Key player: Lee Evans
Despite sharing the name of Britain’s most mediocre comedian, Lee Evans has made an impressive career for himself at Wigan and is surely poised to become their key man this season: even if that is only because everyone else has left.
He never really broke into the side during five years at Wolves, despite a number of decent loan spells (one of them being at Wigan, over a year before his permanent move). He joined the Lancashire outfit in 2019 and has gained a reputation as a good all rounder in central midfield, providing both creativity, control, and defensive solidity. In times like this, a quality all-rounder could be just what Wigan need with a paper thin squad and money haemorrhaging its way out of the club….assuming he isn’t sold too.
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Manager: Leam Richardson
Everything is chaotic at Wigan currently. The managerial hot-seat is no exception. Paul Cook left the club along with most of their players after relegation and his long time assistant Leam Richardson was promoted to manager, on what was initially a temporary basis.
Not much is known about Richardson, except for the fact that he has been an able and trusted deputy to the talented Cook over the years. That said, a good number two doesn’t always make a good number one. Look at Pep Clotet recently, and Peter Taylor back in the day.
His only job in management so far has been a middling year at Accrington Stanley, in between Coleman’s two lengthy spells. That he left voluntarily to be assistant to Cook at Chesterfield indicates he may not be cut out for management. It’s worth keeping an eye on him though, Wigan probably won’t attract anyone better in their current state.
Danger man: Joe Garner
In striker Joe Garner – assuming they keep hold of him – Wigan have a potential top-scorer this season. In fact, his last two seasons at this level saw him score 18 and 25 goals respectively as Preston won promotion in 2015. Since then, he’s gone on to average just over a goal every two-and-a-half games at Championship level (based on goals per minute), which is a very impressive record, and a goal every other game at Rangers.
He started the season with two goals already, against League One rivals Fleetwood Town, and that’s a positive sign for the season ahead. At 32 however, you may begin to think he’s a little past his best.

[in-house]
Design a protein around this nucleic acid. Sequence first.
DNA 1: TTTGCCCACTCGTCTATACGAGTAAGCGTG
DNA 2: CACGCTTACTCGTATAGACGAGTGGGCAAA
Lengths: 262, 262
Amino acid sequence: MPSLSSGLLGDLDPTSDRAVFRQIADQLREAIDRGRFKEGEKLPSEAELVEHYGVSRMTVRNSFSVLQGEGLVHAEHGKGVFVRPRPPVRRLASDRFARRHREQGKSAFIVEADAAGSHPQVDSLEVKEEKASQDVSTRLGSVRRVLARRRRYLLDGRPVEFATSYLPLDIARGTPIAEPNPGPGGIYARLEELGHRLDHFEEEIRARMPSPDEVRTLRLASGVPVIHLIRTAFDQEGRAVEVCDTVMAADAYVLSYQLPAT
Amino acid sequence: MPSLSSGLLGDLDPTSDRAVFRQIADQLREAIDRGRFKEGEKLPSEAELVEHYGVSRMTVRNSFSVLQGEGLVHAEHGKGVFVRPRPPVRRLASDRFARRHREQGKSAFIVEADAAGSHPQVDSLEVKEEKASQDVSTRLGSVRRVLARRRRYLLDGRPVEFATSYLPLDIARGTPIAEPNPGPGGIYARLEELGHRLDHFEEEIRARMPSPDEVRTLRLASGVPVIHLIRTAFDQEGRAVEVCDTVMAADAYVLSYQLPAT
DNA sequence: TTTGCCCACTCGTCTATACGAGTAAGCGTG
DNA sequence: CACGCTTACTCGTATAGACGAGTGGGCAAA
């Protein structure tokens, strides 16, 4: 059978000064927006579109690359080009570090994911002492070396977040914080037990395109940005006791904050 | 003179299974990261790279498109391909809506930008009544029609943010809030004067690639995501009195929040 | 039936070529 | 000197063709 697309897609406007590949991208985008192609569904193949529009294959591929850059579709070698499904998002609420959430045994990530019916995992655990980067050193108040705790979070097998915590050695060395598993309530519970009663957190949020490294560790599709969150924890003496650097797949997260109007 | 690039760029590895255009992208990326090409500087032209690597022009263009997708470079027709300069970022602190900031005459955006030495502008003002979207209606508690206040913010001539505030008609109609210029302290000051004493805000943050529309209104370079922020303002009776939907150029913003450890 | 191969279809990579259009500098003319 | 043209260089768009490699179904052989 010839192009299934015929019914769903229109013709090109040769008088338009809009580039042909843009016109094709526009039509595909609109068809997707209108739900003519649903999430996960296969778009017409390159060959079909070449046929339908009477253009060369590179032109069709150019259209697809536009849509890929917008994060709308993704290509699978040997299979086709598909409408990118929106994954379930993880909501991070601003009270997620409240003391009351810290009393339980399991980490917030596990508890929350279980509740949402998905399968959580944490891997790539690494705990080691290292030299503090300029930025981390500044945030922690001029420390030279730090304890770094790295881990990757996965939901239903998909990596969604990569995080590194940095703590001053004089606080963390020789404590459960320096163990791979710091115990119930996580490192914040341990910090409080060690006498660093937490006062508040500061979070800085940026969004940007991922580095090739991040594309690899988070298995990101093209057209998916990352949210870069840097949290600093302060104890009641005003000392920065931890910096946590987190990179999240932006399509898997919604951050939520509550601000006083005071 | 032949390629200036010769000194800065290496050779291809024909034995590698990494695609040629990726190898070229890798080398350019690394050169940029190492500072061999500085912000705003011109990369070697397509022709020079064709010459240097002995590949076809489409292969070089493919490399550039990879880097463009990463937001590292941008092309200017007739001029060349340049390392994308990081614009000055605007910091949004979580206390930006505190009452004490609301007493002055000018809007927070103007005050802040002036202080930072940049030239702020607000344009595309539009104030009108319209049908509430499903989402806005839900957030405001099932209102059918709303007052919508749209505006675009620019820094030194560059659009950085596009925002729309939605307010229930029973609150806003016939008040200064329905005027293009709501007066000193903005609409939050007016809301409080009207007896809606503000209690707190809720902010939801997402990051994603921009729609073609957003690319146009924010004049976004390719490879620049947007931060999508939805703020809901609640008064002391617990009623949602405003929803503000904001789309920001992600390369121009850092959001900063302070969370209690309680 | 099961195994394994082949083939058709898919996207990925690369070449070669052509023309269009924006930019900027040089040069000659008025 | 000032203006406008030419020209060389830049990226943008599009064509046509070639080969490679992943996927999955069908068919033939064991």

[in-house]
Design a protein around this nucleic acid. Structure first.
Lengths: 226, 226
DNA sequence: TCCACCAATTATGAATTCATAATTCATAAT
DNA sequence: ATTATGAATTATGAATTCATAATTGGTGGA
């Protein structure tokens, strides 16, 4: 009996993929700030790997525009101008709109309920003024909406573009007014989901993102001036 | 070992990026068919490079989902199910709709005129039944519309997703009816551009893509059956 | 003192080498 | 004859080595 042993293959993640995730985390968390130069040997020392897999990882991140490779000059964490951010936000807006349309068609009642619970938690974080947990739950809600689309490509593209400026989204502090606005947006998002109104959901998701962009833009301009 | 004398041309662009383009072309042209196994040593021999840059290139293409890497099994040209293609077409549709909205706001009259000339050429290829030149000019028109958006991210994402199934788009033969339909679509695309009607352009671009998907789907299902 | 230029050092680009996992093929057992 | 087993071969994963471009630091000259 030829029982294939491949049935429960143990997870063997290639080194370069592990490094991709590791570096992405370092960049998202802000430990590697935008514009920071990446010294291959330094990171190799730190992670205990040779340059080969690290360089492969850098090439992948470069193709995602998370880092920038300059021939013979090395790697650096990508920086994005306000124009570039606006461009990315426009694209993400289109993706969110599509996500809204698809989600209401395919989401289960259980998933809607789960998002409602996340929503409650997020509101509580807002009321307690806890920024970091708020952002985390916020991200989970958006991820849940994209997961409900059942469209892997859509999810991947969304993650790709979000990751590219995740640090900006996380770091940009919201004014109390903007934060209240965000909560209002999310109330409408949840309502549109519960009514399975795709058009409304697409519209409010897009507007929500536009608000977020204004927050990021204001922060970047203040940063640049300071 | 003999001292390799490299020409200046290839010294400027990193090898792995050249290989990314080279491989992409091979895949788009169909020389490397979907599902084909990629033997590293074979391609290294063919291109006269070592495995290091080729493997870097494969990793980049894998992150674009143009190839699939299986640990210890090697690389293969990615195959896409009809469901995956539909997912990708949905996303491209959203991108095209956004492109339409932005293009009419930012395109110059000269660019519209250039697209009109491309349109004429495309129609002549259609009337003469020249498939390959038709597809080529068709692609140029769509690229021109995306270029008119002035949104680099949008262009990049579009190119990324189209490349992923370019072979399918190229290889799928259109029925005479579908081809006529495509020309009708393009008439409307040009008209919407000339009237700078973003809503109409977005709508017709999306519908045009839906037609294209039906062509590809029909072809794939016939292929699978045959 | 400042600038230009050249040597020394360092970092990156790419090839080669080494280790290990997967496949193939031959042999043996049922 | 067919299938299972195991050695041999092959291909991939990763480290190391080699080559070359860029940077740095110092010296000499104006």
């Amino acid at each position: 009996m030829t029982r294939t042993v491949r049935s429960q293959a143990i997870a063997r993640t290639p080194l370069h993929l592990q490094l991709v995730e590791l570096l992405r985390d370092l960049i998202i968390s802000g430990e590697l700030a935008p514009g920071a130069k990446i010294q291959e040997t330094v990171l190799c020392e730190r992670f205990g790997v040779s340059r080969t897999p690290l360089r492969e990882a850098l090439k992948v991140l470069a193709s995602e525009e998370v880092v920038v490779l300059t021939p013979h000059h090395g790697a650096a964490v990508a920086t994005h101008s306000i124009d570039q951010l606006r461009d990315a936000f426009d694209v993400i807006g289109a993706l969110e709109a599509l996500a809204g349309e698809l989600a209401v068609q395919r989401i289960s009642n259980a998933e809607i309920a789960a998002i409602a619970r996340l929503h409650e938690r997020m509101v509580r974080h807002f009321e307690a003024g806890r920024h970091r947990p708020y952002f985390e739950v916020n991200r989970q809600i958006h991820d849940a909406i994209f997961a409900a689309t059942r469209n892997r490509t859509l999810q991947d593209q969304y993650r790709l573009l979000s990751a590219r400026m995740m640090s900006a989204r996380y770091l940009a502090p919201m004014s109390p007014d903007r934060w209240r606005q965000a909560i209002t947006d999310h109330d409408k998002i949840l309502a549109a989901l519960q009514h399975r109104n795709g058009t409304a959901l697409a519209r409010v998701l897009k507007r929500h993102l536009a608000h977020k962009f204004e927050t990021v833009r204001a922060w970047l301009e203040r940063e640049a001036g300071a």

Last season: 23rd in the Championship
They say that football is a game of two halves. For Wigan Athletic, the 2019/20 season was a year of three thirds. The start, middle and end were all very clearly defined.
Up to the New Year, the Lactics were struggling on their own (lack of) merit. Just five wins in the first half of the season saw Paul Cook fighting to keep his job. Wigan were in danger of turning into a yoyo club with their third relegation in 6 seasons well on the cards.
A New Year’s Day win at Birmingham turned the tide and then some, with Wigan on excellent form and soaring towards the top half of the table. Cook had finally found a settled team and the most optimistic of fans had half an eye on the play-offs when the pandemic hit.
A month into the nationwide lockdown, shockwaves hit the town. Wigan, just a month after being taken over, went into administration and were set to be deducted 12 points, in shady circumstances. Their good form continued but they couldn’t quite get over the line. Cook promptly departed and Wigan ended the season facing an uncertain future.
Key departure: All of them
When trying to pin down Wigan’s key departure, this is the one entry where we’re going to tear up the rulebook. They’ve lost so many players, in so many positions, that it would be an injustice to pin down one.
Star striker Kieffer Moore has gone back to his native Wales, signing for Cardiff to add a new element to their attack. Jamal Lowe, excellent in Wigan’s good 2020 run, has gone to the other side of South Wales, joining Swansea.
Their defence has been weakened too. Goalkeeper David Marshall was excellent in their uptick, contributing well to a number of clean sheets before being sold in what fans will hope isn’t the great closing down sale. The same can be said for USMNT left-back Antonee Robinson who, joining Fulham in the Premier League, arguably earned the biggest move of the lot. The possible exception is Cédric Kipré who joined another newly promoted side, West Bromwich Albion.
There’s a reason why we can make such an exception for Wigan. Their side has been stripped beyond recognition from the one that was on such flying form from January to July.
Target: Avoid relegation
There’s no nice way of saying it. The future for Wigan Athletic looks very, very, very bleak. Takeover talks aren’t progressing as well as could have been hoped, with talks with the initial preferred bidder collapsing in July. There is hope for a deal for American baseball owners to take over, but concrete details are very much lacking at this stage.
Wigan have been decimated on and off the pitch and they can’t even rely on former owner Dave Whelan to bail them out, so affected by the coronavirus his businesses have been. As fans are still not likely to be allowed back into stadiums (and certainly not in any large numbers) for a while yet, Wigan’s sources of natural income to keep them going through the administration period have been cut off at the neck.
In truth, their target for the season isn’t just to survive relegation, but to survive liquidation. Many fans would surely embrace the possibility of starting next season in League Two if it means they have a club, and one they can watch in person too.
Yet, it’s not impossible that they manage to defy the odds and stay in League One, or even climb higher. The question centres around whether they can push the takeover before the end of the transfer window without losing any more players.
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